Wednesday, February 12, 2014


     New Year's Eve or oshogatsu is one of Japan's most important and longest holiday.  Although oshogatsu originally referred to the whole month of January, most people associate it with the first three days (sanganichi) of the month.
     On these days, people go to shrines and temples, spend time with friends and family, and eat special New Year's Eve dishes. 
     Throughout these days, the bustling Japanese economy practically comes to a standstill.  Schools, companies, and shops close down, and trains, planes and highways are packed as millions make their way to their hometowns or other travel destinations.
     You can see "kadomatsu" (gate pines made from bamboo stalks and pine boughs) standing besides the shuttered entrances of skyscrapers and other businesses. Straw ropes strung with little strips of white paper "shimekazari" hang across the front of parking lots, supermarkets and shopping malls.
     Both kadomatsu and shimekazari are believed to purify the entrance and invite new and fresh life into the home and workplace.  On New Year's Day it is believed that Toshigami, the god of time and fertility, will enter homes and bring good luck for the coming year.
    Traditional New Year's foods are prepared to minimize cooking and household chores during the holiday.  Osechi-ryori, a special selection of food, is prominently featured at most New Year's settings.  This includes seaweed, fishcakes, mashed sweet potatoes with chestnut, simmered burdock root, sweetened black soybeans, and shrimp.  Many of these dishes are sweet, sour, or dried so they can be kept without refrigeration.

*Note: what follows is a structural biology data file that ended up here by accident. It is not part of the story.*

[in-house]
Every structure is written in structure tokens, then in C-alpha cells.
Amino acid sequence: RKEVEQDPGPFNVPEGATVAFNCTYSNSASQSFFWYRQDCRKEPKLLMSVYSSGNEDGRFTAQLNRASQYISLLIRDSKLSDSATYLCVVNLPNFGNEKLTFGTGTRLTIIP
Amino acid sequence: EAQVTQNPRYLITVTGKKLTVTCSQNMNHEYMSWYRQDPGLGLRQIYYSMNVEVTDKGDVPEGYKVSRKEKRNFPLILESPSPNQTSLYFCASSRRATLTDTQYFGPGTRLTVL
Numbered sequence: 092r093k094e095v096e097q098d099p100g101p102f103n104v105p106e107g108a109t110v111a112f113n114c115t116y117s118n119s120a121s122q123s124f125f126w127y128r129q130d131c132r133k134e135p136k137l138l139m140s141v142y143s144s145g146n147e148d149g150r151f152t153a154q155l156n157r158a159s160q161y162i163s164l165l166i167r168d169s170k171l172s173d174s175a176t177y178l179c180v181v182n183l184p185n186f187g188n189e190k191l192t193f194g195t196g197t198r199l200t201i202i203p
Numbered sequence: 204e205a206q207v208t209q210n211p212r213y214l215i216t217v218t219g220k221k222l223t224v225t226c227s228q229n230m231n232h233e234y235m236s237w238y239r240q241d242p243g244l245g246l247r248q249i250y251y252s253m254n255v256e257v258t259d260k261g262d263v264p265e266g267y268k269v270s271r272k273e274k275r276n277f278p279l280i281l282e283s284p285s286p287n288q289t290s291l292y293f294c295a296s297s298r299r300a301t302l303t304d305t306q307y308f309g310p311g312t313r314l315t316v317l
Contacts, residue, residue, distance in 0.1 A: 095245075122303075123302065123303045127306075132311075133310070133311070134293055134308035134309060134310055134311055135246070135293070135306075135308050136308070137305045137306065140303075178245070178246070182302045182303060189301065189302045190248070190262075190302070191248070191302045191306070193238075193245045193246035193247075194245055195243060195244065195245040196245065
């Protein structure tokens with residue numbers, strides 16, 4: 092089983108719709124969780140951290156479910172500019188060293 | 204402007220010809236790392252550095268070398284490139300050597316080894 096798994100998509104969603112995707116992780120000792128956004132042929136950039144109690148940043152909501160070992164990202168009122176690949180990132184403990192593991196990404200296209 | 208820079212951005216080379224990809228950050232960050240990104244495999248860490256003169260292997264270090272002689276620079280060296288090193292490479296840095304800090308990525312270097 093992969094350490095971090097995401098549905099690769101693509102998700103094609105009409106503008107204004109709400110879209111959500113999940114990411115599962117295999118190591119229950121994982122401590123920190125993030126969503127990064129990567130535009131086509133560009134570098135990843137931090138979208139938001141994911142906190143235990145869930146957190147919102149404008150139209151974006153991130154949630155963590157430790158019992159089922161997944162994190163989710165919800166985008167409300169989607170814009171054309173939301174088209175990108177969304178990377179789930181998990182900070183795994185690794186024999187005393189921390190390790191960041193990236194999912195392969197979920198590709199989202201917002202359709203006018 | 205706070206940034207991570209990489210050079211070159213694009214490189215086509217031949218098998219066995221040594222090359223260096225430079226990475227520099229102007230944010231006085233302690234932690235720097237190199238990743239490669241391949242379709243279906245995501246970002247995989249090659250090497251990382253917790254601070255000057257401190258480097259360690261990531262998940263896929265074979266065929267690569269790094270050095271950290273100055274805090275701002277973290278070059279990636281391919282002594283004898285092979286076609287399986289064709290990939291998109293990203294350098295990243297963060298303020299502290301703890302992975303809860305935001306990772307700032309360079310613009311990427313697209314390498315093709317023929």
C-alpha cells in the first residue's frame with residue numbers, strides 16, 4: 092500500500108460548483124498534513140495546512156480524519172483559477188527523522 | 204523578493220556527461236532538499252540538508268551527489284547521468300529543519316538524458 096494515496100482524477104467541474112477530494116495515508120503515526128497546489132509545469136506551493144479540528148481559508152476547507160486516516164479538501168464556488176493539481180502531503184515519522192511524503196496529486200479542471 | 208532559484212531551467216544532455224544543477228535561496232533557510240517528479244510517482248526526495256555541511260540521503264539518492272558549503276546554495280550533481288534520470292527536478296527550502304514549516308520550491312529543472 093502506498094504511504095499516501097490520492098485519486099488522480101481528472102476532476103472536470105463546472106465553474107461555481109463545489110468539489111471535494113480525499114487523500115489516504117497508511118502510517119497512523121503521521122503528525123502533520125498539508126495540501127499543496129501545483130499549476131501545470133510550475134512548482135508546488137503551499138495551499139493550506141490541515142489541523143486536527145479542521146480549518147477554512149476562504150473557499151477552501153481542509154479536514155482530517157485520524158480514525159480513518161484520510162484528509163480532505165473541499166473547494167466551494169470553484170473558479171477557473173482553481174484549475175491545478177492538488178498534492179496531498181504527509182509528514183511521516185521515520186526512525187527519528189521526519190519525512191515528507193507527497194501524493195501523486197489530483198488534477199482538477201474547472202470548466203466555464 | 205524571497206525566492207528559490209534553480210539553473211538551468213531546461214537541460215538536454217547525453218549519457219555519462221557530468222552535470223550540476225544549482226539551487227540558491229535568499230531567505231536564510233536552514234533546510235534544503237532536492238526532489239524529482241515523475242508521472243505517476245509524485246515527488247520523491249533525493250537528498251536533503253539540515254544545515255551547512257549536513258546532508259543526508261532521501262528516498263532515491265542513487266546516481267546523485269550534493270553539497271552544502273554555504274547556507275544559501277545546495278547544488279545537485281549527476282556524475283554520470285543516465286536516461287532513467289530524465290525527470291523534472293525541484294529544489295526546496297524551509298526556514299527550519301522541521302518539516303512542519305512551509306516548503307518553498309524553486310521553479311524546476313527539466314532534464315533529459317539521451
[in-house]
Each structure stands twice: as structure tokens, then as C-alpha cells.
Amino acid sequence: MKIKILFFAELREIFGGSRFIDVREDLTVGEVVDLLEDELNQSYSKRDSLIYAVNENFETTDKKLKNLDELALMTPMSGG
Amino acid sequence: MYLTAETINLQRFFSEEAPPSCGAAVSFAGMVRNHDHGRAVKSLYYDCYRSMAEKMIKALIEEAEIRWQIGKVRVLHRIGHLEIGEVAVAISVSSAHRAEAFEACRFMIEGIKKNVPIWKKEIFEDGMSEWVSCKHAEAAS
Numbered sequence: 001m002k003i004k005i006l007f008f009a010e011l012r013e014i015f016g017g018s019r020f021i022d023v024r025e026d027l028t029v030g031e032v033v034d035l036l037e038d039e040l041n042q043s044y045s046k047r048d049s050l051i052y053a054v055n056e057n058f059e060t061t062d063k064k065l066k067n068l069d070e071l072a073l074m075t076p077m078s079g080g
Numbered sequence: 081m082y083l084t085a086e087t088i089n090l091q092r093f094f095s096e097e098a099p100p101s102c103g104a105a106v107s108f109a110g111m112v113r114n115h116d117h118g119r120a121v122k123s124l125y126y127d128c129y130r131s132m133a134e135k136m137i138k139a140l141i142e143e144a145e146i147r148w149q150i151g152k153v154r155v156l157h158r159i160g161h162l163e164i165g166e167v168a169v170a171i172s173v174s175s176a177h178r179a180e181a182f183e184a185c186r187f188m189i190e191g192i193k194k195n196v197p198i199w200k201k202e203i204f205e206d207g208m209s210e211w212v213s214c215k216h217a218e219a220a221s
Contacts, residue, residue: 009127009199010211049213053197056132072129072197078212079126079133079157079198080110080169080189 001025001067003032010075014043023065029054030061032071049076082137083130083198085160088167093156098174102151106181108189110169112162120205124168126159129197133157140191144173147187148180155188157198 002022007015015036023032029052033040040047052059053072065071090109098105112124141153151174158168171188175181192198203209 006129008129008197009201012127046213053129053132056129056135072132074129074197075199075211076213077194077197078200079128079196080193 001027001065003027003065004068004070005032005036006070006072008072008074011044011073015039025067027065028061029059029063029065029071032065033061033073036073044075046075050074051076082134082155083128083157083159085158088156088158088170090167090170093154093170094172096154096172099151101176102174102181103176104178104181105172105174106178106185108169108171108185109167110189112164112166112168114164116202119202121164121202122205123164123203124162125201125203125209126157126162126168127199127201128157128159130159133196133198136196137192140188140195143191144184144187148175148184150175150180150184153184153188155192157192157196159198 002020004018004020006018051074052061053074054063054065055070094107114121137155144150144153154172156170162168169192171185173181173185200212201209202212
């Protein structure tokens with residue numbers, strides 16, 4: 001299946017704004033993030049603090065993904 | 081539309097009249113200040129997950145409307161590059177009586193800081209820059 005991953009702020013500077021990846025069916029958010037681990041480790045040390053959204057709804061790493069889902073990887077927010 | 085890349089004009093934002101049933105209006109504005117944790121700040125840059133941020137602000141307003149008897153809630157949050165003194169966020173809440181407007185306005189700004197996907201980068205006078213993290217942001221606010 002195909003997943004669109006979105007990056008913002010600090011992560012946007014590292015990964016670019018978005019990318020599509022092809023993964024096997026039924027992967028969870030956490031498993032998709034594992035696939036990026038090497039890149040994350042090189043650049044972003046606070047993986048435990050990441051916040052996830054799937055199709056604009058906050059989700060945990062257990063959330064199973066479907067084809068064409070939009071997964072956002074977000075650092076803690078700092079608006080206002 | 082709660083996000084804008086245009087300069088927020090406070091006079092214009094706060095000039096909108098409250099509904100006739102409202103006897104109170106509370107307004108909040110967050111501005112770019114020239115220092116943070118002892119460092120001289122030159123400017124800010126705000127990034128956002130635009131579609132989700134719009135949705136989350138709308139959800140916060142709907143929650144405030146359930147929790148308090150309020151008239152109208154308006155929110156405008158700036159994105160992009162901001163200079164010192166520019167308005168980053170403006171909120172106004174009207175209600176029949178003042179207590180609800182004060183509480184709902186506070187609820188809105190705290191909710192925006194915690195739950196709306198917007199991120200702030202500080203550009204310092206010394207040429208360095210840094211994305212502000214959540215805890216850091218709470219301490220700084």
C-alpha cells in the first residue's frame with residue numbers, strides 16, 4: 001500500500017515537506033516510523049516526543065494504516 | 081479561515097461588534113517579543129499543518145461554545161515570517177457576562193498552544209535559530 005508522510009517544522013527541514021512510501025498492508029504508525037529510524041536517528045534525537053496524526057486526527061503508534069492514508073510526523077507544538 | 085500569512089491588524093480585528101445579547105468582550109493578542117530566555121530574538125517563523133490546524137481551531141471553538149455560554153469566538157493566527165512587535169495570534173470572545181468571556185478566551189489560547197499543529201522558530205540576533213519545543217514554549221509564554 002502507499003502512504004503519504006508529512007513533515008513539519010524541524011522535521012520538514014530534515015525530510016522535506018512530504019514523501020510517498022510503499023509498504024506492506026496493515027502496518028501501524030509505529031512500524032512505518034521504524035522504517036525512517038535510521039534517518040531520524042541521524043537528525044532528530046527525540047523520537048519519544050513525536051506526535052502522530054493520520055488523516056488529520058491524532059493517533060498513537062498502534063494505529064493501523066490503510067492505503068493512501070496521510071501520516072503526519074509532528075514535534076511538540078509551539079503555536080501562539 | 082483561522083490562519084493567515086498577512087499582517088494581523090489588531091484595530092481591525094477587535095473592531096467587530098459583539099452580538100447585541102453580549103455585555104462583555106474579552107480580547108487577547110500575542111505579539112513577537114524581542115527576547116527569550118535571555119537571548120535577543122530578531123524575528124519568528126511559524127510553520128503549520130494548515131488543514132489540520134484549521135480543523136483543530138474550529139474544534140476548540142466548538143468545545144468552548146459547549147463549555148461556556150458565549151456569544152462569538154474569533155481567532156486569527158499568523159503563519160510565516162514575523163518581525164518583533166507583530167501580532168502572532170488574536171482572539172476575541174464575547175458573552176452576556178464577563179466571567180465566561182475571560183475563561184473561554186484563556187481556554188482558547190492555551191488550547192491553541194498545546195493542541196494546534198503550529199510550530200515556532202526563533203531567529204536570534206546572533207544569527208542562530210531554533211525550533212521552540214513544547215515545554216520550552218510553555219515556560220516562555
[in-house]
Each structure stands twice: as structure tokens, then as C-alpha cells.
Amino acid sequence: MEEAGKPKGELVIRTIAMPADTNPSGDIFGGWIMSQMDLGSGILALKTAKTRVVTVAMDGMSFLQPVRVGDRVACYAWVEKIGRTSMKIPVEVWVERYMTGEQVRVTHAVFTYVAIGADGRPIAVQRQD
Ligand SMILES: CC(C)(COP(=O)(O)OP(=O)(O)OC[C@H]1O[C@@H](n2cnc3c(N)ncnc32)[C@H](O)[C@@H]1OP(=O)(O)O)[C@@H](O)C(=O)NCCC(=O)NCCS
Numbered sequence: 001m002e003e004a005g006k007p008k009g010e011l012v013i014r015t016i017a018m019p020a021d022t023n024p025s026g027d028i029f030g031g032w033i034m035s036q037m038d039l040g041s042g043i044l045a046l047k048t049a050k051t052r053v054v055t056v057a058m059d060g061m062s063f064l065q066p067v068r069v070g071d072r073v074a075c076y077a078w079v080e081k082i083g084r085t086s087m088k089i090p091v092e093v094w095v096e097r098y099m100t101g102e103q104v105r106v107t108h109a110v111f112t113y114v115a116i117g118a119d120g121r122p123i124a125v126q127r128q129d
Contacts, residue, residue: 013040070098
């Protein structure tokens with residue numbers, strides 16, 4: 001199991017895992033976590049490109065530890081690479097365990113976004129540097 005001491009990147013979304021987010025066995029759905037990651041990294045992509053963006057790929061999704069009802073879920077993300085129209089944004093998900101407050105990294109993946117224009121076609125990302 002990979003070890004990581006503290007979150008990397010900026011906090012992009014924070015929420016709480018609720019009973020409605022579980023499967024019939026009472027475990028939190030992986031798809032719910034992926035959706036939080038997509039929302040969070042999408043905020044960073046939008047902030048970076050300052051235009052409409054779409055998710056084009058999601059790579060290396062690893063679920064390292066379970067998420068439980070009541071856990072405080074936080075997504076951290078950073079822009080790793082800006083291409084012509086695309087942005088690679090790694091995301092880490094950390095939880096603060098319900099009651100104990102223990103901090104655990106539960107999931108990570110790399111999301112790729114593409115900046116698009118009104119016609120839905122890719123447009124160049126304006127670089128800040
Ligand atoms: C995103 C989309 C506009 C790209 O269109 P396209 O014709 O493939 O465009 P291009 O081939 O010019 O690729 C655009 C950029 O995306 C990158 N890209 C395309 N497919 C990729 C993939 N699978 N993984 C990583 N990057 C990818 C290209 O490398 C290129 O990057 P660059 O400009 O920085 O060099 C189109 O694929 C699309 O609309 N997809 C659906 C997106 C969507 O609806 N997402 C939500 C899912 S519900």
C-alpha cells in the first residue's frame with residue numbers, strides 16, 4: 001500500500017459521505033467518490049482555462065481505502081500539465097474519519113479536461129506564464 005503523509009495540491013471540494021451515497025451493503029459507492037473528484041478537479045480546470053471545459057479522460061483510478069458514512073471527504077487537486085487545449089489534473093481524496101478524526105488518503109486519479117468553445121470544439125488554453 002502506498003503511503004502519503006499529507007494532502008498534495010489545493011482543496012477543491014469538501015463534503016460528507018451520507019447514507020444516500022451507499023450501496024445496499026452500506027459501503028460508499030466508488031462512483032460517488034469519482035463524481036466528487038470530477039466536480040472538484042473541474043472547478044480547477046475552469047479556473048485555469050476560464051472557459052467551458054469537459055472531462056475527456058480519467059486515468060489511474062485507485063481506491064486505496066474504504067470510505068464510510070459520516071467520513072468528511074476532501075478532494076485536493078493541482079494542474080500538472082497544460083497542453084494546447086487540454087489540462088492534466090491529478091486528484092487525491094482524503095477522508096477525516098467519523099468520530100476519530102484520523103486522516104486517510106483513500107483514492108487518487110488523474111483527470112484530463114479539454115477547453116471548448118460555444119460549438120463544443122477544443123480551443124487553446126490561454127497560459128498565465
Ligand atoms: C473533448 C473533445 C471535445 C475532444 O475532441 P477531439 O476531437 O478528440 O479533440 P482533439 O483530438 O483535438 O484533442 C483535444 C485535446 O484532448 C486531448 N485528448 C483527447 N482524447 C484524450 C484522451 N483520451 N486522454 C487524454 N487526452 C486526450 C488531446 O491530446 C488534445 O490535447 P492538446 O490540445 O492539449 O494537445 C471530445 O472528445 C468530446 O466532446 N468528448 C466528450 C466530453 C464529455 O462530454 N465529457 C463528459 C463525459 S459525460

Mochi, a thick, gooey rice cake, is prepared so that it can be served as ozoni (soup with mochi and vegetables) for breakfast, lunch or any other time during the holidays.
     Wishing you and your family, good health, happiness and peace this coming New Year!

Love, Elder and Sister Addington
Delicious Ozoni and Mochi prepared by the Sisters in the Kamiooka Ward
Elder Addington taking his turn at  the traditional New Year's (Motchitsuki) rice pounding ceremony.
The wooden hammers used to 
pound the mochi are quite heavy!

Sisters in the Kamiooka Ward preparing differet sauces and 
toppings to roll the mochi in. We were excited to be 
invited to their ward luncheon and to participate 
in the traditional rice pounding.
Japanese hang rice straw wreaths called 
"Shinekkazari" on their front doors, wishing 
for  peace, prosperity and happiness.  
We followed the example of all our 
neighbors and did the same.

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